… awe filled Ephraim at the power of wind, the power of the Lord. The heaviest storm season in these northern waters had begun, and the swells and heaving of their ship on the vastness of the ocean increased. When the gusts hit, down they went to their hell hole still reeking of urine, feces, vomit, rot. Ephraim focused on hope: how long, how long to America, the promised land of opportunity?
The worst of all storms follows in The Perilous Journey by Sea (Chapter 4) in the leaky ship Howard on a voyage of nine weeks that should have taken three. ‘Repent your sins and be baptized in the name of Jesus Christ!’ threatens a shipboard pastor…
Ephraim hesitated. He was aware that he was a focus of female speculation. Yes, the time was ripe. But though he had met some fine, educated women in Cincinnati, none had spoken to his heart. And he had wondered how his daughter would feel.
‘I was wondering — you don’t mind my saying?’ Sadie continued after a nod of his head encouraged her, ‘I was thinking you could make Miss Pettifer happy.’
‘Out of the question,’ Ephraim said abruptly. Good heavens, what a thought. The woman was nearly forty. He had felt his daughter flinch at the vehemence of his denial, so he pretended to consider. ‘I have never thought of her that way.’
It is 1870 and Ephraim himselfis forty-one. In Chapter 23, Sadie, he is enjoying an established family, community and professional life. But daughter Sarah — who insists on calling herself Sadie, her new American name — reveals she has a will equal to his own.
Suddenly among the faces and figures of passengers descending from the train, Ephraim pushed through the crowd to embrace his daughter, thrilled at how she had grown into full and beautiful womanhood. His Sarah was small and gracefully built, her hair swept up in a mop of curls framing her forehead, long locks at the nape. A frivolous hat perched atop her coiffure to match her full-skirted maroon travelling costume.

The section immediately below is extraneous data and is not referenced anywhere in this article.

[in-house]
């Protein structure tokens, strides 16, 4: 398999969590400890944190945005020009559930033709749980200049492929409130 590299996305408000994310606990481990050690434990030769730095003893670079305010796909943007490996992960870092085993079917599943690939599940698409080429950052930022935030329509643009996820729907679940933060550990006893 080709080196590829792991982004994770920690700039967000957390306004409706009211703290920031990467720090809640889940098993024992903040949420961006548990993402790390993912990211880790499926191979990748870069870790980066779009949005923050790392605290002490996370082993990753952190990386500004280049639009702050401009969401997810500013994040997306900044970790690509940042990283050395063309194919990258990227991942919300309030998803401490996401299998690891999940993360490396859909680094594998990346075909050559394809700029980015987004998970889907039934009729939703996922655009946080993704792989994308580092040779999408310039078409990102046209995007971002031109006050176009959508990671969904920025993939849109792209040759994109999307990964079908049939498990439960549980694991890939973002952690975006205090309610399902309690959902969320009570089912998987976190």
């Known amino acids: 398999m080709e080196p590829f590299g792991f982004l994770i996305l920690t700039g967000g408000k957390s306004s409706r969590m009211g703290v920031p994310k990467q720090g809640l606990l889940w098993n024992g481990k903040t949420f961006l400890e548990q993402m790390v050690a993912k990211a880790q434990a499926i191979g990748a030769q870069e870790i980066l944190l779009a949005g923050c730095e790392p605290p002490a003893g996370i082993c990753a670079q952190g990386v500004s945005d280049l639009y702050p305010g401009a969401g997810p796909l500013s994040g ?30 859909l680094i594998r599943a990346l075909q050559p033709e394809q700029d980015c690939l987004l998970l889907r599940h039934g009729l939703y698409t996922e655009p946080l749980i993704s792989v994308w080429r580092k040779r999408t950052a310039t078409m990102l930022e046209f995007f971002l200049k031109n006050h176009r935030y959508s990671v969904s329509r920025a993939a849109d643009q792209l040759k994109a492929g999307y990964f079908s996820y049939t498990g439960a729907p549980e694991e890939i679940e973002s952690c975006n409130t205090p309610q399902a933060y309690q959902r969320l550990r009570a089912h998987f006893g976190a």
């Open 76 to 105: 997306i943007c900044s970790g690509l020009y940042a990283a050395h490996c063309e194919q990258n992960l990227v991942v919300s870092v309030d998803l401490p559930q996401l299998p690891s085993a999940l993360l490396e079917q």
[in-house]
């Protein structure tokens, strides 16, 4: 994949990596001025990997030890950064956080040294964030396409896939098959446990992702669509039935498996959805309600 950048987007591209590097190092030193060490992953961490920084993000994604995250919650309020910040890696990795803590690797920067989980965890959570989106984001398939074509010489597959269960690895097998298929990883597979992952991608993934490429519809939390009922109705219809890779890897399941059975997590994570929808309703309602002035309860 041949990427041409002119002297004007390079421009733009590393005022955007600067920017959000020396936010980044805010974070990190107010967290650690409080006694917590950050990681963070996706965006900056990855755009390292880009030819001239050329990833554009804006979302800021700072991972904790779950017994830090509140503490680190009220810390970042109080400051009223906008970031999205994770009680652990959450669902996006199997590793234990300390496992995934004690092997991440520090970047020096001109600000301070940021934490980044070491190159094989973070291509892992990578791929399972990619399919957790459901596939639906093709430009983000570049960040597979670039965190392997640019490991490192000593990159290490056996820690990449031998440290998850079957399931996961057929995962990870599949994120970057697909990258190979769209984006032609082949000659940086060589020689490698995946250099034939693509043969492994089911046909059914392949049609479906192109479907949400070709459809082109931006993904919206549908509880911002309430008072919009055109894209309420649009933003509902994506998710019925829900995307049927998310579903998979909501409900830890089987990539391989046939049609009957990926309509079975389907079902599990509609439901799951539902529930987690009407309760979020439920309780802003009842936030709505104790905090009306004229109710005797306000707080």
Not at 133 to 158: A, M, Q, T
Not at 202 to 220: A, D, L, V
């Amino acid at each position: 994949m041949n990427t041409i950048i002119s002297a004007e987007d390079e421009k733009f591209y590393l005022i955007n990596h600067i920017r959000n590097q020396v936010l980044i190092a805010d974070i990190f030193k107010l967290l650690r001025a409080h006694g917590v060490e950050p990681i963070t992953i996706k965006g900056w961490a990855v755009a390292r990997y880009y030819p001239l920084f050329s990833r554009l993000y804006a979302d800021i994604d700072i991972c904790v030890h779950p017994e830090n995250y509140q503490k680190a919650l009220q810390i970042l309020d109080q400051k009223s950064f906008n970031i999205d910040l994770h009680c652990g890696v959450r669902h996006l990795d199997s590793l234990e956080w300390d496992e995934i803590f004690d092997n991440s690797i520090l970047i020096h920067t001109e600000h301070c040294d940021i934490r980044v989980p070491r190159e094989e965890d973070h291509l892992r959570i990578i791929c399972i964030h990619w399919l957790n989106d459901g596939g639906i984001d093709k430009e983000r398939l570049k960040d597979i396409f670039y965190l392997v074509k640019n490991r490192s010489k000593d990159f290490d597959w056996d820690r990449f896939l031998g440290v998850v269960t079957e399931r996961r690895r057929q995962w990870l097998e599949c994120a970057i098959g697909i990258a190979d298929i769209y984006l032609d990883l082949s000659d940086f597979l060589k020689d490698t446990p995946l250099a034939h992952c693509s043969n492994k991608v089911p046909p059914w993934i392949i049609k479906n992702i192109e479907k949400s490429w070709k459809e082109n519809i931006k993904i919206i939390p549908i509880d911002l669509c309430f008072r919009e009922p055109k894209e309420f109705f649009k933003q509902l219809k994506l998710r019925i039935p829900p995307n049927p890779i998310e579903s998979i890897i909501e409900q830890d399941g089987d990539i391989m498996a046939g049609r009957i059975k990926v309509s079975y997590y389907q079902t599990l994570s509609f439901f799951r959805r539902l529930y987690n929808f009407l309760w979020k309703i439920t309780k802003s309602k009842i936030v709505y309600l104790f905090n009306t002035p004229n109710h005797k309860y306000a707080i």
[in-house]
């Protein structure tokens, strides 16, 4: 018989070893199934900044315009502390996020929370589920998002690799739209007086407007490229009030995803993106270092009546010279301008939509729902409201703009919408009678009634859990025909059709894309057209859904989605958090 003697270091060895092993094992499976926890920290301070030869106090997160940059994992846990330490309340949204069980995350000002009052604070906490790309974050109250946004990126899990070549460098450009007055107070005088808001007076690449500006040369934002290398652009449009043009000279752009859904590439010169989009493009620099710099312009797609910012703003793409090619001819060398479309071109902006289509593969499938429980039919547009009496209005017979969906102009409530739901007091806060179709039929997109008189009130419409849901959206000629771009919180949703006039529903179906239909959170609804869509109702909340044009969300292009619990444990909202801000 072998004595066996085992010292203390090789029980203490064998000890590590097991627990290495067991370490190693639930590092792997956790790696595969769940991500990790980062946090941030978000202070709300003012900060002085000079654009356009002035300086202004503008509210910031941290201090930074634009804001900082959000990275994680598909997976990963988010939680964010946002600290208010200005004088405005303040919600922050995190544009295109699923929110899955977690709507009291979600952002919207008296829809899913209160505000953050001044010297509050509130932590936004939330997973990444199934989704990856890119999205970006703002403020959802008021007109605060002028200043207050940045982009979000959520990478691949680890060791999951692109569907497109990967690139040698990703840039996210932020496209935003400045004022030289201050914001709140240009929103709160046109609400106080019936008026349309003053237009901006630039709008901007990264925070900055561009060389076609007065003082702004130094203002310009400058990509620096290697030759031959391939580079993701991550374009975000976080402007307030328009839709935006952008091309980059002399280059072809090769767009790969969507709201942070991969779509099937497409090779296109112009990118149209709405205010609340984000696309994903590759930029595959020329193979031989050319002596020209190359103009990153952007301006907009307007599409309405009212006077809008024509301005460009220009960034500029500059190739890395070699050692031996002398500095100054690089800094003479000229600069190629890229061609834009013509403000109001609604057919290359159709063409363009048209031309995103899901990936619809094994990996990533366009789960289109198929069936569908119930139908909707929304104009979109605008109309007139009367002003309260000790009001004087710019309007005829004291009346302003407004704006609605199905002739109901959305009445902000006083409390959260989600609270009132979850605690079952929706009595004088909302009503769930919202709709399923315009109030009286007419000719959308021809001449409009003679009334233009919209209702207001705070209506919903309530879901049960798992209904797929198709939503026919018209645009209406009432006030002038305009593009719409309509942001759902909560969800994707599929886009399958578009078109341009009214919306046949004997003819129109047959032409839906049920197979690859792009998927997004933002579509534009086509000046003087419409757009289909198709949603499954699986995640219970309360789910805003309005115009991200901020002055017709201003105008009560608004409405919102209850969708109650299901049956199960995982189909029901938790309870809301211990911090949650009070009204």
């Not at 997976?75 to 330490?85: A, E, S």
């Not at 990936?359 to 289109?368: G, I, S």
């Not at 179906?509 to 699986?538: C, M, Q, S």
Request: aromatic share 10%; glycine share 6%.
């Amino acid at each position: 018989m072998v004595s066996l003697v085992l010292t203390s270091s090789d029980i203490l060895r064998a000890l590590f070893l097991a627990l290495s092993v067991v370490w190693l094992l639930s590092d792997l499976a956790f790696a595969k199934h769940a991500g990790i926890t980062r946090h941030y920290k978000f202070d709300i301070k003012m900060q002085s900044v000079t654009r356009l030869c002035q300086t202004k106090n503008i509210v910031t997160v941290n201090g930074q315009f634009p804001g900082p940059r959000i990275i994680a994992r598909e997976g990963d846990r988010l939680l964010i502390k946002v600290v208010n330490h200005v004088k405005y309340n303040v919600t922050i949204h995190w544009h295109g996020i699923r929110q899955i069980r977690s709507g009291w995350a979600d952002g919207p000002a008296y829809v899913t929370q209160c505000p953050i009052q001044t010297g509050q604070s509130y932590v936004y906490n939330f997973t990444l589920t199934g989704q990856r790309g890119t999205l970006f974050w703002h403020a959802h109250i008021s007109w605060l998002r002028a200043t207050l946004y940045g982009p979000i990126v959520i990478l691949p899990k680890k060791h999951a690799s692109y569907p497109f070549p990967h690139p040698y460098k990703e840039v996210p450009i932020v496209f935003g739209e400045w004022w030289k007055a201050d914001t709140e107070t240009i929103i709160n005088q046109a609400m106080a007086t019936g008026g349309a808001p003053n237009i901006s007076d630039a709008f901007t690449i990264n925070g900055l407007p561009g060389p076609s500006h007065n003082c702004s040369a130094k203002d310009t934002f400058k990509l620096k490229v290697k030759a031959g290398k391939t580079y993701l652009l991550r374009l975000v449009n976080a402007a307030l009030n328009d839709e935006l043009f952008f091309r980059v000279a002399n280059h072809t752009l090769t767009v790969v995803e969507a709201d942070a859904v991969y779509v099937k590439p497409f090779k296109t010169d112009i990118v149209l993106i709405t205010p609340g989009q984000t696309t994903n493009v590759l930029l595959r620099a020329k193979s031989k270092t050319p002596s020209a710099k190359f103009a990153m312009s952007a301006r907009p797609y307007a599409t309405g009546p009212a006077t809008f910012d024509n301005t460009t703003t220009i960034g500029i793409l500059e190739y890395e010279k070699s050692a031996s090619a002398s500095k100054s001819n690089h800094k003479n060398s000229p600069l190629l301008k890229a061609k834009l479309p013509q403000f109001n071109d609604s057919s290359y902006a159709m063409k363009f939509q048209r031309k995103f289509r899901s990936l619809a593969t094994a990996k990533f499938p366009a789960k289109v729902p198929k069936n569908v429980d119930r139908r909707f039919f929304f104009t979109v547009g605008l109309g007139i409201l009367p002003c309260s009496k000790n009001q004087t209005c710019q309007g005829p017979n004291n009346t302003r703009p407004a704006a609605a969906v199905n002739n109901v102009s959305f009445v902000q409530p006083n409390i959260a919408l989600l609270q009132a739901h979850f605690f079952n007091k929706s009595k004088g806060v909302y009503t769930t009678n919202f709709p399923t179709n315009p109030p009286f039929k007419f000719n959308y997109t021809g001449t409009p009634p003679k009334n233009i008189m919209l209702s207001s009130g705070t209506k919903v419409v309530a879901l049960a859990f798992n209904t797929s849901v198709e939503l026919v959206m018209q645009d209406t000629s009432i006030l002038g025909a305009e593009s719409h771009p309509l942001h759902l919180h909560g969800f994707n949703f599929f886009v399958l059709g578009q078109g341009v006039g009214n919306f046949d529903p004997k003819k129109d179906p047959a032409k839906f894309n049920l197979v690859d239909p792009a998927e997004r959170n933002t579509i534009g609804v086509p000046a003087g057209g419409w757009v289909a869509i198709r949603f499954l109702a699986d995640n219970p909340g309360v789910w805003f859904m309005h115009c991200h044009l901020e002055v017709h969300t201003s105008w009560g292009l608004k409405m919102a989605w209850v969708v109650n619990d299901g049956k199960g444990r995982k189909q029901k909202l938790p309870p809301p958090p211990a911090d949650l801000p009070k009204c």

‘Papa! You look just the same,’ she pulled back to take in his top hat, waistcoat, trim dark beard. ‘Not like a cowboy at all!’
At last Ephraim and his only child reunite. At last he can have a family life, a thriving medical practice, a home in a bustling, civilised city. As Chapter 22, Home Sweet Home, continues… will Sarah prove the doting docile daughter he imagines? Or will she take after her difficult, stubborn mother?
Once again, Ephraim arrived in a new city to start a new life and this time it was an easy, comfortable beginning. Cincinnati, the lively, pleasant city along the banks of the Ohio River, greeted him with open arms, starting with a big bear hug from Uncle Jacob. ‘Look around, look around! They call this city the Queen of the West. What do you think?’
Out of the dubious, raw wild west of Kansas, lured by his will o’ the wisp Uncle, Ephraim finds sophisticated life in Cincinnati, a city already a hundred years old. In Home Sweet Home, Chapter 22, he opens a medical practice, attends clinics at the University hospital… all he lacks is his daughter. And perhaps a wife?
Finally, the awful truth was that along with the earnest and civic-minded the gateway to the West drew hustlers, con men, failures, cheats and criminals. Living near the center of Leavenworth Dr Epstein was called out to saloons where drink and cards routinely led to fights. A different class of patients began to turn up needing treatment for gun wounds, knife slashes, bloodied faces. They were the dregs of society, worse than any he had encountered in the navy, Turkish ghettoes or New York slums.
It’s Kansas 1868, in Chapter 21, America Regained, but not the Kansas Ephraim hoped for. How can he possibly let his 19-year-old Belarusian daughter join him here?